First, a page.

Will the Lords come to regret their TV gamble?
The BBC’s new documentary, Meet the Lords, will give the public a better grasp of the workings of the second chamber – warts and all
The House, a fly on the wall documentary in 1996 exposing power struggles and diva fits over six excruciating weeks, was generally considered a huge success for the BBC and a disaster not for the Commons or Lords but the Royal Opera House.
Inviting a crew behind the scenes at the grand Covent Garden music emporium didn’t go exactly to plan for the venue’s squirming senior managers as viewers enjoyed the washing of dirty linen in public instead of the hoped for tribute to the dedication, professionalism and expertise of the boss class.
Who came off best may be gauged from the contrasting reactions: Television peers awarded the docusoap a BAFTA and an Emmy and the venue’s new chair two years later refused permission for a follow-up episode to be recorded on the premises.
Throwing open the doors to give the public a peep into the workings of an institution brings risks as well as rewards though any organisation worth its salt should be able to withstand the scrutiny of daylight, justifying its existence.
Inside the Commons a couple of years ago was a gamble, broadcaster Michael Cockerell an acute observer skilled at luring subjects into opening up. And it was a wager which largely paid off for MPs. The expenses scandal seriously undermined confidence in the nation’s elected representatives. The country for a brief period felt on the verge of a revolutionary uprising. So showing voters who MPs are, what they do, how the chamber works and the way laws are made, sort of, was a half-decent repair job.
The other end of Parliament’s thrown the dice with Meet the Lords, the BBC three-parter that’s the political equivalent of Strictly meets Downton. Screening the programmes when Brexit eyes are on the Upper Chamber is a happy coincidence, attracting a few extra viewers.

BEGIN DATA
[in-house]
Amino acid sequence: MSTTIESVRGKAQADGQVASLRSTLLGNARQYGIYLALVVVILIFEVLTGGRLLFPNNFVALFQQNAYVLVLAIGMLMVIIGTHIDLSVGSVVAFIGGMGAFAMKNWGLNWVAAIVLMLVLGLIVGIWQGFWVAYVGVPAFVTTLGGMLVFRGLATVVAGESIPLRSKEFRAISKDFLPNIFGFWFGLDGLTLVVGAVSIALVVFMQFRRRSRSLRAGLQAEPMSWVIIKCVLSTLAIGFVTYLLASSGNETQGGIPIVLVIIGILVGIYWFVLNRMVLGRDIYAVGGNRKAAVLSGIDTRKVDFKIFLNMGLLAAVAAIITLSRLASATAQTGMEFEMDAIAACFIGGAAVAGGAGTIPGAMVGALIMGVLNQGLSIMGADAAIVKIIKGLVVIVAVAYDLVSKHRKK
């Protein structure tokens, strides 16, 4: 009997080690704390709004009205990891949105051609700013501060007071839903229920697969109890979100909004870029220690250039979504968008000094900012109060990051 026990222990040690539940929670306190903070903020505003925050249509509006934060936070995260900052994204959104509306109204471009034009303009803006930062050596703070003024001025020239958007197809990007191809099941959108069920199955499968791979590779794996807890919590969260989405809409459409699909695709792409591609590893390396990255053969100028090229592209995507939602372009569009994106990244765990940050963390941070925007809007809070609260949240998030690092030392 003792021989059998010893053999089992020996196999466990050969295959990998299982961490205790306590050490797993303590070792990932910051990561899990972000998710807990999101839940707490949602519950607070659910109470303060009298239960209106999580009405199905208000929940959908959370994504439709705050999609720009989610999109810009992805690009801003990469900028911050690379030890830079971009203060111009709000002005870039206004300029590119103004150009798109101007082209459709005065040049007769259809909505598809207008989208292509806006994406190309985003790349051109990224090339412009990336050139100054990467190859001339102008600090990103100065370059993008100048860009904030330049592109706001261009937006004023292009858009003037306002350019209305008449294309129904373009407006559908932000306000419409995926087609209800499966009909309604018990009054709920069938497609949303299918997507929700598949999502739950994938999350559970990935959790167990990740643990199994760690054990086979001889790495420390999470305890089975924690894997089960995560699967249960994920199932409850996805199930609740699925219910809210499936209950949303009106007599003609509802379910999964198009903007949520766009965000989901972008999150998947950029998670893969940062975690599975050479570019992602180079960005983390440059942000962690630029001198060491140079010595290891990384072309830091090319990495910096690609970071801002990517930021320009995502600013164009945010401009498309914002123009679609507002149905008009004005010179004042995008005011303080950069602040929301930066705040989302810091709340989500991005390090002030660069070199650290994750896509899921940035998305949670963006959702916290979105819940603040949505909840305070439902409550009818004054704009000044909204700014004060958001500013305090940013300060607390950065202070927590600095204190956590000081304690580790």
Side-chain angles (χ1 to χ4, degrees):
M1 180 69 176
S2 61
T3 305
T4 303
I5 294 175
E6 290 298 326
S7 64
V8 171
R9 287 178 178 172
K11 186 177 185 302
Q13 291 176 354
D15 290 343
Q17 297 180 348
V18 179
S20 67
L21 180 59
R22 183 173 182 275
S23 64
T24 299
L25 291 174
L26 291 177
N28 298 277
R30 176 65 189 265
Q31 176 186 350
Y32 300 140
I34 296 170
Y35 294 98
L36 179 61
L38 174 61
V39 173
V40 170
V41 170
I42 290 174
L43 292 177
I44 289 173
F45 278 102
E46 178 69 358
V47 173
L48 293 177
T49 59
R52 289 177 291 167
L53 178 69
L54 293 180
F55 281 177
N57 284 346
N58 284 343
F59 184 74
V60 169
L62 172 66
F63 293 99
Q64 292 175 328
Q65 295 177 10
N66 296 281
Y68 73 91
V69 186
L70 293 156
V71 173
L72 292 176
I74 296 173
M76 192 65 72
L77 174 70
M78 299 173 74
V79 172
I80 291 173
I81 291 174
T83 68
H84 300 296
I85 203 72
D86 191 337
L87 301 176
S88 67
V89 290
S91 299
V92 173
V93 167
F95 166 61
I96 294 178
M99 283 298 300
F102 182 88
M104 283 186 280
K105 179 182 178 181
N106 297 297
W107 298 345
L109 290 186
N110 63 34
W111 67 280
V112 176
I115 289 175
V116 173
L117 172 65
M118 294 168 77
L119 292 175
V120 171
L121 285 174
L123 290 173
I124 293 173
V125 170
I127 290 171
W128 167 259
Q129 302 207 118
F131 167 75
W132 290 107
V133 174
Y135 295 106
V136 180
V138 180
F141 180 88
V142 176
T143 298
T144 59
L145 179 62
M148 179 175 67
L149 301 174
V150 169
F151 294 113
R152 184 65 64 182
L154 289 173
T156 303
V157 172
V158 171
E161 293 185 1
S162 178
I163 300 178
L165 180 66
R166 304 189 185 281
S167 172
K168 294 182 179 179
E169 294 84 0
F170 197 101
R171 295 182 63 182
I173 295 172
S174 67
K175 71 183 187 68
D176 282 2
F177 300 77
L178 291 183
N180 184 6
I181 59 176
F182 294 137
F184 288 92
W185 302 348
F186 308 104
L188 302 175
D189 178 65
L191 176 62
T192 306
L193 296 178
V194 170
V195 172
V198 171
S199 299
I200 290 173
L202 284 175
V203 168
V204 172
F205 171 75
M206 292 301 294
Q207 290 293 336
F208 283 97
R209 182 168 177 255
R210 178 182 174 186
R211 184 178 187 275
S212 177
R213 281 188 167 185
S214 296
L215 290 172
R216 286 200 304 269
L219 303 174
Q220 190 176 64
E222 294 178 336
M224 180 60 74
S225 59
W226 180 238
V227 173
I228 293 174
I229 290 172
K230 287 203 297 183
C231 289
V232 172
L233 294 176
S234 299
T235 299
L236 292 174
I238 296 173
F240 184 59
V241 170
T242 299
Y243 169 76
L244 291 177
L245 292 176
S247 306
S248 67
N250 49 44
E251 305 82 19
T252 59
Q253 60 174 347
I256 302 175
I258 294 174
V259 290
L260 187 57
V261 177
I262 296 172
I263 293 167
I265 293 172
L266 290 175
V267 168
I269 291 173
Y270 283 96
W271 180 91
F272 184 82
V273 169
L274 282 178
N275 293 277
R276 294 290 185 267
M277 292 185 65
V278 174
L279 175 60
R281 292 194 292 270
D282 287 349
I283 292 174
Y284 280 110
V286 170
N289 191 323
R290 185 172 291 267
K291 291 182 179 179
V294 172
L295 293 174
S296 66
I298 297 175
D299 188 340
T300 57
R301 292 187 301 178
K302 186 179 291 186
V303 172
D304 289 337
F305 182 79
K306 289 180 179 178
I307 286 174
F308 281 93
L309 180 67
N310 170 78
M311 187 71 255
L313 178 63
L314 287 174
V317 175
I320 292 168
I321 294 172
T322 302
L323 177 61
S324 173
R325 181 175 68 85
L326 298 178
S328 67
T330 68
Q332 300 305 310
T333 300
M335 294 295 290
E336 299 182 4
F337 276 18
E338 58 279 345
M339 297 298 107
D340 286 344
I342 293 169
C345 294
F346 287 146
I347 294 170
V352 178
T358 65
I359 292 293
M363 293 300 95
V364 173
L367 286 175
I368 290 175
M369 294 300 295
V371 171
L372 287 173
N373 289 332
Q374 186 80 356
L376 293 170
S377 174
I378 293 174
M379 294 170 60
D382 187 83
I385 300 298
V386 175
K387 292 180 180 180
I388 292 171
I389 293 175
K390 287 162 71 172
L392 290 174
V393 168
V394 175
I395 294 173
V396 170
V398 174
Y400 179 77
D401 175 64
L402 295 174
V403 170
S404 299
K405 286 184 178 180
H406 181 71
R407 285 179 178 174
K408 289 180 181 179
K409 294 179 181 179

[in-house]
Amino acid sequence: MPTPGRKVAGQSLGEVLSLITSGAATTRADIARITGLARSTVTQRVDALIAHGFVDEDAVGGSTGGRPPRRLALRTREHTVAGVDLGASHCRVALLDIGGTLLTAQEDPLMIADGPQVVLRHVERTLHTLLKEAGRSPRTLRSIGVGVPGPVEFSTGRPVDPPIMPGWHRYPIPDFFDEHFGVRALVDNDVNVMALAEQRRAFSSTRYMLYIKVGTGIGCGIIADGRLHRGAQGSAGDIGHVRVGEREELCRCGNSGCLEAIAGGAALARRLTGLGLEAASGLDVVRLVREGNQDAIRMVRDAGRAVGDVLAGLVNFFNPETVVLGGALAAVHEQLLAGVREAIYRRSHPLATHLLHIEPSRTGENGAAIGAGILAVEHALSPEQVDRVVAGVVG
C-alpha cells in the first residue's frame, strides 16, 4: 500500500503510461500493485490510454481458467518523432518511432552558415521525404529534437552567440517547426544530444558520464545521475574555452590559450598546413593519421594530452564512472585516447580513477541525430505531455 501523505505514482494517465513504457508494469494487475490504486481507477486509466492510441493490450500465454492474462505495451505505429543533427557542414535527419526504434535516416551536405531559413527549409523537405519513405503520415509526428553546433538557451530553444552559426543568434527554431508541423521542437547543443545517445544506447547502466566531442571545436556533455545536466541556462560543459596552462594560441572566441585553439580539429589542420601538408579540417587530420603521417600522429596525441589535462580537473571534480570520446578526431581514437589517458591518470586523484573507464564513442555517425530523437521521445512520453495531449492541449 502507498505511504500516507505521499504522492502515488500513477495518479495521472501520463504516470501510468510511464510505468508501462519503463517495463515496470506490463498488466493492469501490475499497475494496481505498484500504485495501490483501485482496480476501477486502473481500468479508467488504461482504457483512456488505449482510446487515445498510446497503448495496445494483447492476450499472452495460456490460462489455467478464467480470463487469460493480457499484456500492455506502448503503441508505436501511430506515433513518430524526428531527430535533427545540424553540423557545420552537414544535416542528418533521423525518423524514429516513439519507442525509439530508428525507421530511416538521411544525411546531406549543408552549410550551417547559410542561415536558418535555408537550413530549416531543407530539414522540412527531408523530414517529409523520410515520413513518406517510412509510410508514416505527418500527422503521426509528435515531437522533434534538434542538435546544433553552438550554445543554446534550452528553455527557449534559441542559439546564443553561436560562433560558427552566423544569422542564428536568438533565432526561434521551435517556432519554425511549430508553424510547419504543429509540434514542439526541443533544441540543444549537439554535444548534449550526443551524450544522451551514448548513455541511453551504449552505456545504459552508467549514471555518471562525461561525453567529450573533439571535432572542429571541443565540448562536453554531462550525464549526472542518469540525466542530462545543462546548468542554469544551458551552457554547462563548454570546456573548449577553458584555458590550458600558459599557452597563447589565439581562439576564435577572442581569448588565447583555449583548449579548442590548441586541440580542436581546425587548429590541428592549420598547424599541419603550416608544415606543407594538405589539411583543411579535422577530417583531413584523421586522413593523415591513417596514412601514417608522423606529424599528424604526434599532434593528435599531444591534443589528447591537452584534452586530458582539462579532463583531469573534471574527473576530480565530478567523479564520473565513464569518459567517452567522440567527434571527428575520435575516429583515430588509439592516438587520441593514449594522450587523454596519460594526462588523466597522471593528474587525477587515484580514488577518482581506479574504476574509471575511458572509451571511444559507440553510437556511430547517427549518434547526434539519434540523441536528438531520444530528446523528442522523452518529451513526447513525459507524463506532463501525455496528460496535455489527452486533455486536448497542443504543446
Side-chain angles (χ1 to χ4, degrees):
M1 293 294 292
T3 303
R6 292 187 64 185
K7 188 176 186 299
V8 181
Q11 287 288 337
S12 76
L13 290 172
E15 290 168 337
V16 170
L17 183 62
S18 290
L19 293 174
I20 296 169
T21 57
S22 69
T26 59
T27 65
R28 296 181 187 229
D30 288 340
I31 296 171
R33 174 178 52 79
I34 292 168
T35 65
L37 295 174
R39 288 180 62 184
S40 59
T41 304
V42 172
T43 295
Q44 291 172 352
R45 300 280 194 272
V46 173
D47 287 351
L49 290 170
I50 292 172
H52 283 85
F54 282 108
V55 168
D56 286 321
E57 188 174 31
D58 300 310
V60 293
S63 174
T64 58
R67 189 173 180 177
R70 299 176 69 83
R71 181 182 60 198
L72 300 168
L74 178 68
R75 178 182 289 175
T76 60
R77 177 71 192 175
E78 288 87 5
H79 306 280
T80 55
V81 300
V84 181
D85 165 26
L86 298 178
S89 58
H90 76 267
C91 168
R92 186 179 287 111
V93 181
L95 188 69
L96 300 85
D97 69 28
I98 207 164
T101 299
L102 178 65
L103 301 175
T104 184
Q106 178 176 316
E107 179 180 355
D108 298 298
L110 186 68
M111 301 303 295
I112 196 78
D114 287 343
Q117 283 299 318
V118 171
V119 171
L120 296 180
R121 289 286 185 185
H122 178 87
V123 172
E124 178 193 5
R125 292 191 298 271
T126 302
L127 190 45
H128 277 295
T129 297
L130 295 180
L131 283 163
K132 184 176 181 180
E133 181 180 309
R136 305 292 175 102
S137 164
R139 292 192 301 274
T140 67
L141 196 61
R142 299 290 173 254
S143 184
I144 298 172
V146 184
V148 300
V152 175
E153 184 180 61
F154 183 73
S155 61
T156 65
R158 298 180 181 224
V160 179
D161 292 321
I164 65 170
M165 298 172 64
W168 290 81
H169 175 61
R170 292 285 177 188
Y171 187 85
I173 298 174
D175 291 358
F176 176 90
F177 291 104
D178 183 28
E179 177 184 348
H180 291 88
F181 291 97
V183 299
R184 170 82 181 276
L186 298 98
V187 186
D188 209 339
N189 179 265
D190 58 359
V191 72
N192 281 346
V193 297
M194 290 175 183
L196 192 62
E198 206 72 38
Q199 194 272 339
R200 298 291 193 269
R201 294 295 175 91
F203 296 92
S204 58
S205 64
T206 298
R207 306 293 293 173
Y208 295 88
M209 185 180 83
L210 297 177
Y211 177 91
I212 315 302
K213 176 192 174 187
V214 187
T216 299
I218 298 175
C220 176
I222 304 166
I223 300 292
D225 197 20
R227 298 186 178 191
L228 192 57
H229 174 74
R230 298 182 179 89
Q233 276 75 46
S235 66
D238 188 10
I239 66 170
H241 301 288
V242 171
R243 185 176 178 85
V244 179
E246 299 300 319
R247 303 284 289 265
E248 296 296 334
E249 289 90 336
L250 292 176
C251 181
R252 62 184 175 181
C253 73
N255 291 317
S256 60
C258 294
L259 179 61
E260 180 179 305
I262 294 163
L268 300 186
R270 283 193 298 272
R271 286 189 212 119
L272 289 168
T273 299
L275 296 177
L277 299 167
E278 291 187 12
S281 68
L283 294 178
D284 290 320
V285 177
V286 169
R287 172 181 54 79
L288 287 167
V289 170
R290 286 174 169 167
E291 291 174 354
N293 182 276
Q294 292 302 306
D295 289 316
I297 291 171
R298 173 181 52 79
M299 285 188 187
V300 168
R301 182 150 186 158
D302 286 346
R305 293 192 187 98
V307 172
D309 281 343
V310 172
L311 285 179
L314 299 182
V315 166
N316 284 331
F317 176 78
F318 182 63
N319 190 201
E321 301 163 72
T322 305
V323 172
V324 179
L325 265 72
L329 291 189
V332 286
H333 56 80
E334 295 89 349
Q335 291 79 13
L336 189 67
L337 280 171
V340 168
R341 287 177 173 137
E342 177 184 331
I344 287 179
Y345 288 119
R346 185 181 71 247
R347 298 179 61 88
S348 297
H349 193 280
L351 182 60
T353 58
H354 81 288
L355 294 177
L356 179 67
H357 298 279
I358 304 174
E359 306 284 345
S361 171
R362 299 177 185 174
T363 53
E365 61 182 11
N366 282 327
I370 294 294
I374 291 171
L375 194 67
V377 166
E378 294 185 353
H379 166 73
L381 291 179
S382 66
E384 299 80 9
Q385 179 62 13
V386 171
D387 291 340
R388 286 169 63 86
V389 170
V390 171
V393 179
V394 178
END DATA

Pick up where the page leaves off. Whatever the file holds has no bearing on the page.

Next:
The series is off to a lively, controversial start with the Lord Speaker accusing the BBC of “sexing up” what goes on, Lord Fowler upset predecessor Baroness D’Souza was shown recounting how she knew of a peer who kept a taxi waiting outside Parliament so he could dash inside to sign on for the daily £300 tax-free allowance before vanishing.
Lord Fowler, a former journalist on The Times, neatly posed the who-what-when-where-why questions I would’ve thought his colleague was better placed to answer than the BBC and I readily accept most peers work hard, don’t live in stately homes with silver staircases and are more likely to arrive by car or Tube than taxi or chauffeured limo.
Equally I suspect Lord Tyler’s quip “It is the best day-care centre for the elderly in London” will be challenged by rival premises in London with Care Quality Commission glowing inspection reports.
Old enough to recall seeing the goundbreaking BBC documentary Royal Family when it was broadcast in “cough” 1969, I don’t recall the Queen inviting cameras into her homes undermining the monarchy. The institution was arguably enhanced, even if this young republican wasn’t converted.
Reading last week’s newspaper reports before Monday’s BBC2 debut of Meet the Lords, I wondered if Peers would regret the small box venture. Not now. I reckon this will be a relative success – warts and all.
Most people had little or no idea who peers are, never mind what they do. By the end of the series they should have a better grasp. And that’s not a bad result.
Opinions on whether the second chamber should be elected or appointed, or a combination of both, are unlikely to alter significantly. Grin and bear it is my advice to any peers watching.
Kevin Maguire is Daily Mirror associate editor